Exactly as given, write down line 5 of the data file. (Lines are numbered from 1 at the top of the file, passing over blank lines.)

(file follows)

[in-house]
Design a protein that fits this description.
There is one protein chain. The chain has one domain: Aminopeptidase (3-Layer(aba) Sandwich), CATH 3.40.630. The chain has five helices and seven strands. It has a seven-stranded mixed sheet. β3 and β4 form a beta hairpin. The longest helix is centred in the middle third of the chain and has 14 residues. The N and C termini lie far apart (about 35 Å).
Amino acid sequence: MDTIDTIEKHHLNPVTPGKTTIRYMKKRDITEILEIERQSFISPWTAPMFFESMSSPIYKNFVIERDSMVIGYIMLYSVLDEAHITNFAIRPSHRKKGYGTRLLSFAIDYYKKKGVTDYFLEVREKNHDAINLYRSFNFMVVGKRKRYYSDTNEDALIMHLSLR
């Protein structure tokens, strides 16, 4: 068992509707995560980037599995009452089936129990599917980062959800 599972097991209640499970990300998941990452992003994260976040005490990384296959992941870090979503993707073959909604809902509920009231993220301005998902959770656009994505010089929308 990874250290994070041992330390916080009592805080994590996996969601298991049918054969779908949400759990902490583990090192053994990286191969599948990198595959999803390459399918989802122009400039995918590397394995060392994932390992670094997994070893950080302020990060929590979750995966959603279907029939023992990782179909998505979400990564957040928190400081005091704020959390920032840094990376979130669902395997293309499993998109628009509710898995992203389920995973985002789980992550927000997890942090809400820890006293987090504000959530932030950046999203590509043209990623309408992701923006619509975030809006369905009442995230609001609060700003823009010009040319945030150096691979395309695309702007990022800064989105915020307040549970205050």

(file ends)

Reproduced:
């Protein structure tokens, strides 16, 4: 068992509707995560980037599995009452089936129990599917980062959800 599972097991209640499970990300998941990452992003994260976040005490990384296959992941870090979503993707073959909604809902509920009231993220301005998902959770656009994505010089929308 990874250290994070041992330390916080009592805080994590996996969601298991049918054969779908949400759990902490583990090192053994990286191969599948990198595959999803390459399918989802122009400039995918590397394995060392994932390992670094997994070893950080302020990060929590979750995966959603279907029939023992990782179909998505979400990564957040928190400081005091704020959390920032840094990376979130669902395997293309499993998109628009509710898995992203389920995973985002789980992550927000997890942090809400820890006293987090504000959530932030950046999203590509043209990623309408992701923006619509975030809006369905009442995230609001609060700003823009010009040319945030150096691979395309695309702007990022800064989105915020307040549970205050």